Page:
I spent several hours walking around and observing the rally. It was déjà vu all over again. Here I was in Myanmar while my mind flashed back a half century ago in America. It was not long before I was thinking about the song, We Shall Overcome, which was for America in the 60s the song that linked blacks and whites in the effort to get America to address overt racism.
I left that rally at Sule Pagoda where 25-years before was the place where the 88 Uprising took place. I am in the process of attempting to contact Joan Baez about returning with me to Sule Pagoda and singing before hundreds of thousands of people in Myanmar the same way she did years ago in America in the 60s.
Imagine what it will be like to have Joan Baez leading hundreds of thousands people as we all sing We Shall Overcome in English. Then having completed the song in English, imagine for a moment what it will be like when that mass of people sing in Burmese, We Shall Overcome. I cannot think of a more moving musical moment - the song, We Shall Overcome, sung in that antiphonal way.
I will be there...I promise. I cannot believe that this would not push the present government to work with the people of Myanmar as together they bring democracy and human rights to Myanmar.
On a little less serious side, but not that much less, I have also already figured out the date for my third trip to the Golden Rock. I will be back at the Golden Rock in September of this year. I could easily stop off in Myanmar on my way to Edinburgh, Scotland. I promised the Scots that I would return to Scotland after September 18, 2014 when they vote for independence from England.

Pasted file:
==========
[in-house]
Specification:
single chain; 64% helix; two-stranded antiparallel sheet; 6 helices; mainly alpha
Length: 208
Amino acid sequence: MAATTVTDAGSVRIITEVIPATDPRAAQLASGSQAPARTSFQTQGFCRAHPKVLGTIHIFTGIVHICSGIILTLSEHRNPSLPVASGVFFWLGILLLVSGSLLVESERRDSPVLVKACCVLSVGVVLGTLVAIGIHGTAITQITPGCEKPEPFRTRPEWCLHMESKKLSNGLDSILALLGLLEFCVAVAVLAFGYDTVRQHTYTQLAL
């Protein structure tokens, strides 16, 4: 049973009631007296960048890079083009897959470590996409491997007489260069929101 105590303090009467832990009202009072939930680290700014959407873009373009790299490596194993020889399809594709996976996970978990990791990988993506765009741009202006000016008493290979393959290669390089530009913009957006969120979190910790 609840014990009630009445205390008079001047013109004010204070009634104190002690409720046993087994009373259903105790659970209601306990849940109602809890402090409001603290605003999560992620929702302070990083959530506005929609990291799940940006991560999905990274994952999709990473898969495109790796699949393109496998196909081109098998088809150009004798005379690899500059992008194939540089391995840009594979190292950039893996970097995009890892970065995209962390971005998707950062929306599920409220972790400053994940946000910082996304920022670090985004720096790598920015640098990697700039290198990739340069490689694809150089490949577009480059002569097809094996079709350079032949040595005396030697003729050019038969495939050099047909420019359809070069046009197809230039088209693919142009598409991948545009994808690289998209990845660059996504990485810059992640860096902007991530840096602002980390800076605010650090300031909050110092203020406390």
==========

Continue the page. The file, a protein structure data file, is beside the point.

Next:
I have written dozens of articles about the Scottish independence movement and interviewed people about it. Jerome McDonnell has even interviewed me about Scottish independence. Jerome is the host of Worldview on WBEZ, which is the NPR station in Chicago. I have worked very hard over the past couple of years to support the Scottish independence movement. However, the rest of the people in Scotland will need also to work hard at that task of finally getting independence from England.
Perhaps some of the Scots who are undecided on how they will vote should visit the Golden Rock or at least read this article...and believe in the impossible. While they work on my suggestion, I will work on how I will be able to afford two trips to Scotland and three trips to Myanmar in one year. Being a frugal Scot myself that also seems at first glance impossible. However, when I return from my third trip this year from the Golden Rock, I will have plenty of wealth to repay my massive debt.
Okay, that last paragraph sounds funny. However, travel is worth the cost. I wrote I Have Seen the Light. It was about the insight of my cardiologist, Dr. Marchand. He is right after my pushing him on why I am a different person since my return from Myanmar.
Visit the Burma Independence page to read more about this topic.
Visit the Scottish Independence page to read more about this topic.